and librarian of the Black History Library of Littles Memorial Temple U.H.C.A.
This project is a year round goal and needs support. Any help would be
greatly appreciated. Donations can be sent to Littles Memorial Temple U.H.C.A.,
2000 North VanPelt Street, Philadelphia, PA 19121, in care of Rev. Betty
C. Bond — Sponsor, The Black History Awards Service.
Good Family Members Gone
Sunday afternoon, August 17, 1997 one who we love stepped across the threshold
that we call eternal peace. It was a step over into our Father’s house.
The merciful hand of God claimed our beloved mother, grandmother, sister,
aunt and friend.
Denise was born on July 31, 1953 in Fairfax County, Virginia. She graduated
from Herndon High School in Herndon, Virginia. Denise worked with her friends
at Navy Federal Credit Union for 15 years. She enjoyed baking cakes for
many special occasions at work. It brought her so much joy to make others
happy. Denise had a likeable personality that brought her an enormous amount
of friends. She did not say a bad word about anyone. Her family was one
of her main concerns. She gave loving guidance to relatives and friends.
Denise was an adored member of Mount Olive Baptist Church. She was baptized
on June 24, 1964 by Reverend Roger V. Bush. She immediately began to work
in the Woman’s Auxiliary. She donated much of her time creating carnations
for Reverend Eugene Johnson’s inauguration. A graduate from the School
of Ushering, she earned a perfect score on her final exam. She enjoyed
writing for the Northern Virginia Voice News Paper where she helped coordinate
the first African American Festival in Dale City, Virginia.
On March 31,1984 Denise was united in matrimony to David Lee Thomas (Skeetz)
who proceeded her in death. Their union was blessed with two daughters,
Esther and Ruscel.
Denise leaves to mourn her loss, her loving daughters and a loving grand
daughter, Davonna Robinson; four brothers Enos, Russell, Garfield and Eric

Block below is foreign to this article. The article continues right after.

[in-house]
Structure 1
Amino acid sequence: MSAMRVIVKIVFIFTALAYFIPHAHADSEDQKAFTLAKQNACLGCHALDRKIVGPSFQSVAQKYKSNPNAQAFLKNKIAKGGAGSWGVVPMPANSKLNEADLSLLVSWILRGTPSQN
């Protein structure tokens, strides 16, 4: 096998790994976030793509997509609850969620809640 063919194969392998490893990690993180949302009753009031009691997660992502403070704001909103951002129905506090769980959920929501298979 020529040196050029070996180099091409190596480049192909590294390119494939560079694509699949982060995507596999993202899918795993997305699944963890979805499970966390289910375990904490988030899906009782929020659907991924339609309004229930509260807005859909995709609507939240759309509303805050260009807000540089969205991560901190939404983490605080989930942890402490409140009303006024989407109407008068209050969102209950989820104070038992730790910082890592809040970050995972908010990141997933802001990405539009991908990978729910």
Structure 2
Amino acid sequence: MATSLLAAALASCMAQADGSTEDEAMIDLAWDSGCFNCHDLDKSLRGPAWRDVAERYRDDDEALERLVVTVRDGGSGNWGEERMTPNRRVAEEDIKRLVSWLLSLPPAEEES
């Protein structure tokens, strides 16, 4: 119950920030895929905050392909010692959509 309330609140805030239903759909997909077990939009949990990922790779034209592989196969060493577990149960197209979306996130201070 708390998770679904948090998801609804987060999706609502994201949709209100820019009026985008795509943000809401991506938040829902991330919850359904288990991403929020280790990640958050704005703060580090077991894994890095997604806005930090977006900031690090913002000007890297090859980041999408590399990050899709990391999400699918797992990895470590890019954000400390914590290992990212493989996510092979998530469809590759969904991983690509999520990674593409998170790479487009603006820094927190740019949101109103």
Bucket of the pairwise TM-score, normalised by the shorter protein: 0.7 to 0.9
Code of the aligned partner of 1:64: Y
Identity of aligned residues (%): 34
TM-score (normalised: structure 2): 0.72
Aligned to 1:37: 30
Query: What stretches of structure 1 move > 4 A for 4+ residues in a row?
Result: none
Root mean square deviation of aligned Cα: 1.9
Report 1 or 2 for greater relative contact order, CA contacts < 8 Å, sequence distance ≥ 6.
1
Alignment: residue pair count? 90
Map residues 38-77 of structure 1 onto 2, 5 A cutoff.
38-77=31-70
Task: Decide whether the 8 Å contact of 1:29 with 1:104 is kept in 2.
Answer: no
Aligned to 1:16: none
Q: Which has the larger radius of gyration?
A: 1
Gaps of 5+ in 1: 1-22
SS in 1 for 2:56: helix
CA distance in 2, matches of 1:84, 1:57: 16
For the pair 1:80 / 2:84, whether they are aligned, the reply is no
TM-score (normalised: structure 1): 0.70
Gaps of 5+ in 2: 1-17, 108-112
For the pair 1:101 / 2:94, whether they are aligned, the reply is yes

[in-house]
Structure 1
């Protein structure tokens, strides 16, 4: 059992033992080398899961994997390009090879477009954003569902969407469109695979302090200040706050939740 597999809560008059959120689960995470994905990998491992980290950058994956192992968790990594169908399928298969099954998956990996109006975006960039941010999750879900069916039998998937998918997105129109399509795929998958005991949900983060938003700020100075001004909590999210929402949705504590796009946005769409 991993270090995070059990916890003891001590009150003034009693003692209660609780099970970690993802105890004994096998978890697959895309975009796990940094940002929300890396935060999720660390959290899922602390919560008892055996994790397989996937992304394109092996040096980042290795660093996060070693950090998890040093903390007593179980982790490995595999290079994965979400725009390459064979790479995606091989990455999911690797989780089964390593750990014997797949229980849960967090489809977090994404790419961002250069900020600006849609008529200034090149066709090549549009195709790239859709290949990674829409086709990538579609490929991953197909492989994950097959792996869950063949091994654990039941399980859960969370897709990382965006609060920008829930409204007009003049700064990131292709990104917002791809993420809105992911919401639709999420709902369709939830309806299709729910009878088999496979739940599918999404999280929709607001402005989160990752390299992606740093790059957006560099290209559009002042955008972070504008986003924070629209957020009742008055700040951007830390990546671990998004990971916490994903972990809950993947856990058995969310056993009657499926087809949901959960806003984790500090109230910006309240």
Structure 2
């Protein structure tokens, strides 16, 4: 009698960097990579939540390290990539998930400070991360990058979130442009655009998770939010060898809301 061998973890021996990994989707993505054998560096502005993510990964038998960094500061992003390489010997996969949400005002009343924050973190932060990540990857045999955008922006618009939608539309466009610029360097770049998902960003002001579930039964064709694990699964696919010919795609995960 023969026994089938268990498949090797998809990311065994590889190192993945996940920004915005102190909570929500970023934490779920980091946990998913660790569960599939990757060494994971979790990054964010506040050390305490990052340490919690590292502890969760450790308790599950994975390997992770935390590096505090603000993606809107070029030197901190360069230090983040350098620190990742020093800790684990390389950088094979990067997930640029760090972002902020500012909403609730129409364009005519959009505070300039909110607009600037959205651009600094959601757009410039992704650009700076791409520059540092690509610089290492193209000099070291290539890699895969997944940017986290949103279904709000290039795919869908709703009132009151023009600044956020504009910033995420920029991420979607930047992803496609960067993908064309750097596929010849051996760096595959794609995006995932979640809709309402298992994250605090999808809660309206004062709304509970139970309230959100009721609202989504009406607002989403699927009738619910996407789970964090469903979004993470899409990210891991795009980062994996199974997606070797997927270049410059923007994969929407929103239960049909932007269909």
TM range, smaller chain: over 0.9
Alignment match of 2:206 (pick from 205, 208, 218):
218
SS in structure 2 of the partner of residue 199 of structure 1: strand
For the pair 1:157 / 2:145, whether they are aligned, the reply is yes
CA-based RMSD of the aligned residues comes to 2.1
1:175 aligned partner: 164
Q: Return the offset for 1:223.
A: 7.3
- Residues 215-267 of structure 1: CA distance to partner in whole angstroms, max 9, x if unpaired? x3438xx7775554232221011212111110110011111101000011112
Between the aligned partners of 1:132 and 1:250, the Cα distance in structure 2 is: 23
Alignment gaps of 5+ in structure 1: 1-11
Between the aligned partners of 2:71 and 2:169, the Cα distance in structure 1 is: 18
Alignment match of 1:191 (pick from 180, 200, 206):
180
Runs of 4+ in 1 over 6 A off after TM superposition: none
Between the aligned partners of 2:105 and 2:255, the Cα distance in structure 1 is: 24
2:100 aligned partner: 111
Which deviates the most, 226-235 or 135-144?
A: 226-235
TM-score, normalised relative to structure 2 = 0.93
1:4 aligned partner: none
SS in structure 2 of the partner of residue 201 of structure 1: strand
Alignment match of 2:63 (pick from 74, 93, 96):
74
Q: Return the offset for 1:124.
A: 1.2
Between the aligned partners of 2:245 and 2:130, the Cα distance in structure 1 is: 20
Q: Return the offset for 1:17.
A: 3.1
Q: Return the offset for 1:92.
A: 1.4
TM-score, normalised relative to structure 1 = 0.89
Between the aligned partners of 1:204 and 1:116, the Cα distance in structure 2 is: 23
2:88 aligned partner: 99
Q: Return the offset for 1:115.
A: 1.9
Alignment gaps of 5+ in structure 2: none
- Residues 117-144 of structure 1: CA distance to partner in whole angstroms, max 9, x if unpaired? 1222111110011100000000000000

Robinson; two sisters Rosa Sye and Barbara Johnson; a mother-in-law Rosa
Thomas; and three sisters-in-law Valerie, Joan, and Barbara Ann Robinson.
Her memory will live on in a host of aunts, uncles, nieces, nephews, cousins,
other relatives and very special friends.
Our mother is now an angel with no more pain and no more suffering. She
is at peace. She knew she was loved before she left us to go to Heaven.
Everyone’s support gave her so much delight and comfort; it made her smile
even through her pain. A special thanks to Aunt Rosa and family for all
their hugs. Also Uncle Garfield and our other cherished uncles for being
right by her side. Everyone had their own loving role. Mom is gone to glory
with an abundance of love in her heart and in her soul. Thank you all from
the bottom of our hearts.
February 8, 1998 Garfield A.D. Robinson was called to his eternal resting
place at 10:41 a.m. at Trinity West Medical Center, Rock Island, Ill.
Garfield Robinson suffered a heart attack while jogging. Friends and family
fondly called him “Gar.” He was the son of the late Russell Robinson and
Esther E. Naylor Robinson.
Born July 16, 1943, “Gar” faithfully attend Sunday School at Mount Olive
Baptist Church, Centreville, Virginia. He attended Fairfax County Public
Schools through graduation from Luther Jackson High School in Merrifield,
Virginia, where he graduated with honors. Furthering his education, he
graduated with honors from Northern Virginia Community College with an
associate degree in mathematics. He subsequently enrolled at George Mason
University where he consistently remained on the deans list.